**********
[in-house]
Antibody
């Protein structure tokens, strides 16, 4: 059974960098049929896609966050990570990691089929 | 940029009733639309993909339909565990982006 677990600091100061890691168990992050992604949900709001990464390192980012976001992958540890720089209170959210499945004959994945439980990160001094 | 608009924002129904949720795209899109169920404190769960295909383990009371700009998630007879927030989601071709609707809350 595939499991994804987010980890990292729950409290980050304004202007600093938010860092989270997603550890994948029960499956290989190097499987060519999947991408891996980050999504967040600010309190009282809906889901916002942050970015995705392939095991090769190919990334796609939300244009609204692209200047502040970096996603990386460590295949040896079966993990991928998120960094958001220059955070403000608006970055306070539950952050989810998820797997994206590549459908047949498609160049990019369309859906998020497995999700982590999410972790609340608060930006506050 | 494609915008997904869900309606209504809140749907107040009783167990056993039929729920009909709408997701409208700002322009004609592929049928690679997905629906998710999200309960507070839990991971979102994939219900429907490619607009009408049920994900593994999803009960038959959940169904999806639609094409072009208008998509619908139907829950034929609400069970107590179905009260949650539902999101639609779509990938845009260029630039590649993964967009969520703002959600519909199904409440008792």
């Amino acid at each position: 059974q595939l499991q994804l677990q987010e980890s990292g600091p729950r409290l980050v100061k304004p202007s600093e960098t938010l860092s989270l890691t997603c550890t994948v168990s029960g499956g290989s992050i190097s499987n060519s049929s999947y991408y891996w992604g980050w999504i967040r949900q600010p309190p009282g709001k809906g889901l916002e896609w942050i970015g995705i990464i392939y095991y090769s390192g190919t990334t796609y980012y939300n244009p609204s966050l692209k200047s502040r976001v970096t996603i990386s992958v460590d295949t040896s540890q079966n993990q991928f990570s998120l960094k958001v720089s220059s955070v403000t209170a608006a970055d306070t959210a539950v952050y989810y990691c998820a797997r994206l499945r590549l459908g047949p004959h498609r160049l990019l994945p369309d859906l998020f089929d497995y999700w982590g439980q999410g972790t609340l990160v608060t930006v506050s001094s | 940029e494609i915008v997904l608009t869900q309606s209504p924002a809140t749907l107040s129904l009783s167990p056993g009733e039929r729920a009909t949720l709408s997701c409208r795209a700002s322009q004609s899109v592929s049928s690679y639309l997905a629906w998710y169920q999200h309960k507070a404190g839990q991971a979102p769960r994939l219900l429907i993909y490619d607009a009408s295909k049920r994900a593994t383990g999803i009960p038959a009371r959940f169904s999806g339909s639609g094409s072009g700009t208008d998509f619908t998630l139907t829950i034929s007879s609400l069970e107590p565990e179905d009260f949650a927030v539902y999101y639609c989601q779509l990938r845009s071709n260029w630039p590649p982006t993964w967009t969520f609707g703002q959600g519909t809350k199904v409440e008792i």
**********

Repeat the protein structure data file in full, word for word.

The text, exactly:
[in-house]
Antibody
């Protein structure tokens, strides 16, 4: 059974960098049929896609966050990570990691089929 | 940029009733639309993909339909565990982006 677990600091100061890691168990992050992604949900709001990464390192980012976001992958540890720089209170959210499945004959994945439980990160001094 | 608009924002129904949720795209899109169920404190769960295909383990009371700009998630007879927030989601071709609707809350 595939499991994804987010980890990292729950409290980050304004202007600093938010860092989270997603550890994948029960499956290989190097499987060519999947991408891996980050999504967040600010309190009282809906889901916002942050970015995705392939095991090769190919990334796609939300244009609204692209200047502040970096996603990386460590295949040896079966993990991928998120960094958001220059955070403000608006970055306070539950952050989810998820797997994206590549459908047949498609160049990019369309859906998020497995999700982590999410972790609340608060930006506050 | 494609915008997904869900309606209504809140749907107040009783167990056993039929729920009909709408997701409208700002322009004609592929049928690679997905629906998710999200309960507070839990991971979102994939219900429907490619607009009408049920994900593994999803009960038959959940169904999806639609094409072009208008998509619908139907829950034929609400069970107590179905009260949650539902999101639609779509990938845009260029630039590649993964967009969520703002959600519909199904409440008792």
């Amino acid at each position: 059974q595939l499991q994804l677990q987010e980890s990292g600091p729950r409290l980050v100061k304004p202007s600093e960098t938010l860092s989270l890691t997603c550890t994948v168990s029960g499956g290989s992050i190097s499987n060519s049929s999947y991408y891996w992604g980050w999504i967040r949900q600010p309190p009282g709001k809906g889901l916002e896609w942050i970015g995705i990464i392939y095991y090769s390192g190919t990334t796609y980012y939300n244009p609204s966050l692209k200047s502040r976001v970096t996603i990386s992958v460590d295949t040896s540890q079966n993990q991928f990570s998120l960094k958001v720089s220059s955070v403000t209170a608006a970055d306070t959210a539950v952050y989810y990691c998820a797997r994206l499945r590549l459908g047949p004959h498609r160049l990019l994945p369309d859906l998020f089929d497995y999700w982590g439980q999410g972790t609340l990160v608060t930006v506050s001094s | 940029e494609i915008v997904l608009t869900q309606s209504p924002a809140t749907l107040s129904l009783s167990p056993g009733e039929r729920a009909t949720l709408s997701c409208r795209a700002s322009q004609s899109v592929s049928s690679y639309l997905a629906w998710y169920q999200h309960k507070a404190g839990q991971a979102p769960r994939l219900l429907i993909y490619d607009a009408s295909k049920r994900a593994t383990g999803i009960p038959a009371r959940f169904s999806g339909s639609g094409s072009g700009t208008d998509f619908t998630l139907t829950i034929s007879s609400l069970e107590p565990e179905d009260f949650a927030v539902y999101y639609c989601q779509l990938r845009s071709n260029w630039p590649p982006t993964w967009t969520f609707g703002q959600g519909t809350k199904v409440e008792i």